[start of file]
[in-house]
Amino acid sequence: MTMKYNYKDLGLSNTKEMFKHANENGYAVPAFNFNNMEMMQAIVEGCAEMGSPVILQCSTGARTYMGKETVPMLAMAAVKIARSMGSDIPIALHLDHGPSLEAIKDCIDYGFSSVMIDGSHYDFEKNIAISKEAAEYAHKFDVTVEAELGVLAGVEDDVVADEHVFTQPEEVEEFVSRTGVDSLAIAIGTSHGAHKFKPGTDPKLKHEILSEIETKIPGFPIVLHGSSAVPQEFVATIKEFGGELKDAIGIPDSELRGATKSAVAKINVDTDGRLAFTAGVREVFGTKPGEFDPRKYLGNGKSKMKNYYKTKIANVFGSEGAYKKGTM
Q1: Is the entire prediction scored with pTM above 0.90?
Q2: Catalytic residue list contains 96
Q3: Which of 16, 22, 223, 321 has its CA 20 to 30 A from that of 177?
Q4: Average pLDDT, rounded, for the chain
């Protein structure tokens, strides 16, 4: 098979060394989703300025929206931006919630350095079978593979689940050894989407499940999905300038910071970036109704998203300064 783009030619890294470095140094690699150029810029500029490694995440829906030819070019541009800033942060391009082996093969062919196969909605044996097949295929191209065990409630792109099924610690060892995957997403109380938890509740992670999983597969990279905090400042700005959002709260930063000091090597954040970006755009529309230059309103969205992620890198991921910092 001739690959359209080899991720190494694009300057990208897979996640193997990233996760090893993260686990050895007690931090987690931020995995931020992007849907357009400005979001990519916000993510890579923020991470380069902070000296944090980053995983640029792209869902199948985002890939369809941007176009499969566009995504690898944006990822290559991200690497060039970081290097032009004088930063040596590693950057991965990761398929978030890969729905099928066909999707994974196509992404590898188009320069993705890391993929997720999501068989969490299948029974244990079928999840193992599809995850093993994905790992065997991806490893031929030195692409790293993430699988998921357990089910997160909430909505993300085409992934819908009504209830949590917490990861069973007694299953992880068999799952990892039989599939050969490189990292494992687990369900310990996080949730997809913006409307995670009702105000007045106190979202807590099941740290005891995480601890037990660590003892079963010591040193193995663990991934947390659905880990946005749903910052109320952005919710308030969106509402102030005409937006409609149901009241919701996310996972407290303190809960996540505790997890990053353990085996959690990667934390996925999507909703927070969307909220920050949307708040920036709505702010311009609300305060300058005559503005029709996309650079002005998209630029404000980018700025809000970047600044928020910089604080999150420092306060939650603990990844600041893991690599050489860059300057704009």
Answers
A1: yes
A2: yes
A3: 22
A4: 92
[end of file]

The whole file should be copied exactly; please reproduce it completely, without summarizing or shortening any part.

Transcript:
[in-house]
Amino acid sequence: MTMKYNYKDLGLSNTKEMFKHANENGYAVPAFNFNNMEMMQAIVEGCAEMGSPVILQCSTGARTYMGKETVPMLAMAAVKIARSMGSDIPIALHLDHGPSLEAIKDCIDYGFSSVMIDGSHYDFEKNIAISKEAAEYAHKFDVTVEAELGVLAGVEDDVVADEHVFTQPEEVEEFVSRTGVDSLAIAIGTSHGAHKFKPGTDPKLKHEILSEIETKIPGFPIVLHGSSAVPQEFVATIKEFGGELKDAIGIPDSELRGATKSAVAKINVDTDGRLAFTAGVREVFGTKPGEFDPRKYLGNGKSKMKNYYKTKIANVFGSEGAYKKGTM
Q1: Is the entire prediction scored with pTM above 0.90?
Q2: Catalytic residue list contains 96
Q3: Which of 16, 22, 223, 321 has its CA 20 to 30 A from that of 177?
Q4: Average pLDDT, rounded, for the chain
């Protein structure tokens, strides 16, 4: 098979060394989703300025929206931006919630350095079978593979689940050894989407499940999905300038910071970036109704998203300064 783009030619890294470095140094690699150029810029500029490694995440829906030819070019541009800033942060391009082996093969062919196969909605044996097949295929191209065990409630792109099924610690060892995957997403109380938890509740992670999983597969990279905090400042700005959002709260930063000091090597954040970006755009529309230059309103969205992620890198991921910092 001739690959359209080899991720190494694009300057990208897979996640193997990233996760090893993260686990050895007690931090987690931020995995931020992007849907357009400005979001990519916000993510890579923020991470380069902070000296944090980053995983640029792209869902199948985002890939369809941007176009499969566009995504690898944006990822290559991200690497060039970081290097032009004088930063040596590693950057991965990761398929978030890969729905099928066909999707994974196509992404590898188009320069993705890391993929997720999501068989969490299948029974244990079928999840193992599809995850093993994905790992065997991806490893031929030195692409790293993430699988998921357990089910997160909430909505993300085409992934819908009504209830949590917490990861069973007694299953992880068999799952990892039989599939050969490189990292494992687990369900310990996080949730997809913006409307995670009702105000007045106190979202807590099941740290005891995480601890037990660590003892079963010591040193193995663990991934947390659905880990946005749903910052109320952005919710308030969106509402102030005409937006409609149901009241919701996310996972407290303190809960996540505790997890990053353990085996959690990667934390996925999507909703927070969307909220920050949307708040920036709505702010311009609300305060300058005559503005029709996309650079002005998209630029404000980018700025809000970047600044928020910089604080999150420092306060939650603990990844600041893991690599050489860059300057704009």
Answers
A1: yes
A2: yes
A3: 22
A4: 92